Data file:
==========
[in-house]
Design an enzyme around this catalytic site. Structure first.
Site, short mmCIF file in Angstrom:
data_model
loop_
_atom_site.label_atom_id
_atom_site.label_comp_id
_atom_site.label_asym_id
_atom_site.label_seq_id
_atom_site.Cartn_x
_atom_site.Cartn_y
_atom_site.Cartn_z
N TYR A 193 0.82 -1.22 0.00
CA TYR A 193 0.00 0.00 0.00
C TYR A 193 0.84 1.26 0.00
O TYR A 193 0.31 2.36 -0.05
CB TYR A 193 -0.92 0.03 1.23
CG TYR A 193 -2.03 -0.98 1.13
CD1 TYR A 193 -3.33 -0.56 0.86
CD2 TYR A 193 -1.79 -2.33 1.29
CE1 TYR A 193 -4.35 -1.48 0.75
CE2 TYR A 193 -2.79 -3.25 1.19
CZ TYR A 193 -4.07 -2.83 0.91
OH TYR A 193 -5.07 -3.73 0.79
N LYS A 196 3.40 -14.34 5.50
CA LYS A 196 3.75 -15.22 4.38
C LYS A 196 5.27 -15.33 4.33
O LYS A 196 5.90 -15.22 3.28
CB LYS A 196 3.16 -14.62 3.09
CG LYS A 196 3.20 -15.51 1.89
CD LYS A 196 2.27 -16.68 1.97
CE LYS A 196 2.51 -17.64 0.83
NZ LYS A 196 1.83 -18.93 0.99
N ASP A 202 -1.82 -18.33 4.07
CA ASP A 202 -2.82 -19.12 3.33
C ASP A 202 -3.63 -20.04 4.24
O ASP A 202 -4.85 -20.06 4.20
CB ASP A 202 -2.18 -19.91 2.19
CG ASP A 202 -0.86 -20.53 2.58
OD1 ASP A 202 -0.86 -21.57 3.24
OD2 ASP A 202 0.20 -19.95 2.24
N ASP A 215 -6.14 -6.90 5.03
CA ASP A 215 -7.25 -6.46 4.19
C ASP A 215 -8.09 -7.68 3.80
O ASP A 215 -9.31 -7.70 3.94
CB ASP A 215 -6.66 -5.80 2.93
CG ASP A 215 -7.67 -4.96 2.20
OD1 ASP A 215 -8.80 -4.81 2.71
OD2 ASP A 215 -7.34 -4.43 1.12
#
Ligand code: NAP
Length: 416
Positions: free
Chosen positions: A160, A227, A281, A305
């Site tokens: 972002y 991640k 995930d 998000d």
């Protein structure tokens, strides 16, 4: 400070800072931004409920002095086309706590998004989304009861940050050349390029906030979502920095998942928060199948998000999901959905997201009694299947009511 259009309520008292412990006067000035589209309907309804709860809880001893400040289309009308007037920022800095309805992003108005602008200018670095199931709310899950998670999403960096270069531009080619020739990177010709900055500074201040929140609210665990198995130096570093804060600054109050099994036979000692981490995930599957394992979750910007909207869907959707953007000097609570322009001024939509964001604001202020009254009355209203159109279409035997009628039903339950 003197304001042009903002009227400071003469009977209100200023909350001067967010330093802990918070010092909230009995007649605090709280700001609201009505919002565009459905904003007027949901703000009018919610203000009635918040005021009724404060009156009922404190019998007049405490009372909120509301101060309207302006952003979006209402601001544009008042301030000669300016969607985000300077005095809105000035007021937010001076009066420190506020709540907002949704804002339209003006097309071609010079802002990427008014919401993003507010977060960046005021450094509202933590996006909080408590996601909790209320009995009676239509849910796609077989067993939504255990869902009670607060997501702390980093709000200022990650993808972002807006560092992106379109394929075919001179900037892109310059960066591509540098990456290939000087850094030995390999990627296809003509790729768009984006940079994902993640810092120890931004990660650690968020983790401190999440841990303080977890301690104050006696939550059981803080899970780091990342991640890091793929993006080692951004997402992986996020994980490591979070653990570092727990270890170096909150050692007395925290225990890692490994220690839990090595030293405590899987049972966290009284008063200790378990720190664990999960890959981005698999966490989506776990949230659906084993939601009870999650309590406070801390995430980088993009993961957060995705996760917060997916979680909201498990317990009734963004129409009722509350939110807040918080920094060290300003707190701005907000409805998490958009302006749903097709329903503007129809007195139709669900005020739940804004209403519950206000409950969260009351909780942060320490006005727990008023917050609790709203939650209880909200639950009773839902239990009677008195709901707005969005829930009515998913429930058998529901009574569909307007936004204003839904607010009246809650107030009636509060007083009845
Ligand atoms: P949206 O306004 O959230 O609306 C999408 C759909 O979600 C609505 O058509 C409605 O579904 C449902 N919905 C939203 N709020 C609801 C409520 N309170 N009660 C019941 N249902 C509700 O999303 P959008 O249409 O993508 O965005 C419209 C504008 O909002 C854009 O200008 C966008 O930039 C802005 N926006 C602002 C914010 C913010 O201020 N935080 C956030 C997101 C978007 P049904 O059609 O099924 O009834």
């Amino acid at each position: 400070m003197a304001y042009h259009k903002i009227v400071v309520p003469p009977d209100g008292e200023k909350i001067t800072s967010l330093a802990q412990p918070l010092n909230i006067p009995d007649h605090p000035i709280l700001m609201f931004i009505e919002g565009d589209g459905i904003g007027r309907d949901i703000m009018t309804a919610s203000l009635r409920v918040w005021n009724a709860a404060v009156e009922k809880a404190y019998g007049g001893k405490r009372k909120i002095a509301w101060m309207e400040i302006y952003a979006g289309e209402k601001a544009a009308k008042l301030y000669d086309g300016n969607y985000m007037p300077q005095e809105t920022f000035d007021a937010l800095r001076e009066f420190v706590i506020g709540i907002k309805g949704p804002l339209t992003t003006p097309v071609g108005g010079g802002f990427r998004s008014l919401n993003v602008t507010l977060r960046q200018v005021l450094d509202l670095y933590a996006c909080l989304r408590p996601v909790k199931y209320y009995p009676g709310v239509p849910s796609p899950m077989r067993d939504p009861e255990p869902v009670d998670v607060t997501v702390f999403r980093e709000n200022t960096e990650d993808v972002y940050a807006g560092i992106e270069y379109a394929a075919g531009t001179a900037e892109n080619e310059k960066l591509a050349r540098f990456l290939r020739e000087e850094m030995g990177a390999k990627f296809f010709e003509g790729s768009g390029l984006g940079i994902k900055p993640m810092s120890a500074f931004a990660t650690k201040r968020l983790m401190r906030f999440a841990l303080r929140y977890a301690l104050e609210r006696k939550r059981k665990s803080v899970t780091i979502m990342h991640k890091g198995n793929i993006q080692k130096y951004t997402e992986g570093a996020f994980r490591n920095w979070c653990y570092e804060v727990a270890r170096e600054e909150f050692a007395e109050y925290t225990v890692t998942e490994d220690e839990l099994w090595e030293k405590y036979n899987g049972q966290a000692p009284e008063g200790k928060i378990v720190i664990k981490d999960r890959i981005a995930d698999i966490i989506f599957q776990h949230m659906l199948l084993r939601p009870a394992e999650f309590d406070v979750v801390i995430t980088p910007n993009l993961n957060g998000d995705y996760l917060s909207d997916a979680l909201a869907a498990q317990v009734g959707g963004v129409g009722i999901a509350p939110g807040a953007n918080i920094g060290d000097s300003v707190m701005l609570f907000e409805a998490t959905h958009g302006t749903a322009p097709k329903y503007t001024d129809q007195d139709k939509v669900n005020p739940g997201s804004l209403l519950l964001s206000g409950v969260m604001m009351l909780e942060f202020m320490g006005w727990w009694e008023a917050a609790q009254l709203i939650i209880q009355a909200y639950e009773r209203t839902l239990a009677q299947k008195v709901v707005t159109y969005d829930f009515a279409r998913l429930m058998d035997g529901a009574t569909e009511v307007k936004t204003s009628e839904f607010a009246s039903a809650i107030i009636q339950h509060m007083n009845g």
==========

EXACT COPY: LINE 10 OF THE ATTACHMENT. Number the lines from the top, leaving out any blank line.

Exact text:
_atom_site.Cartn_x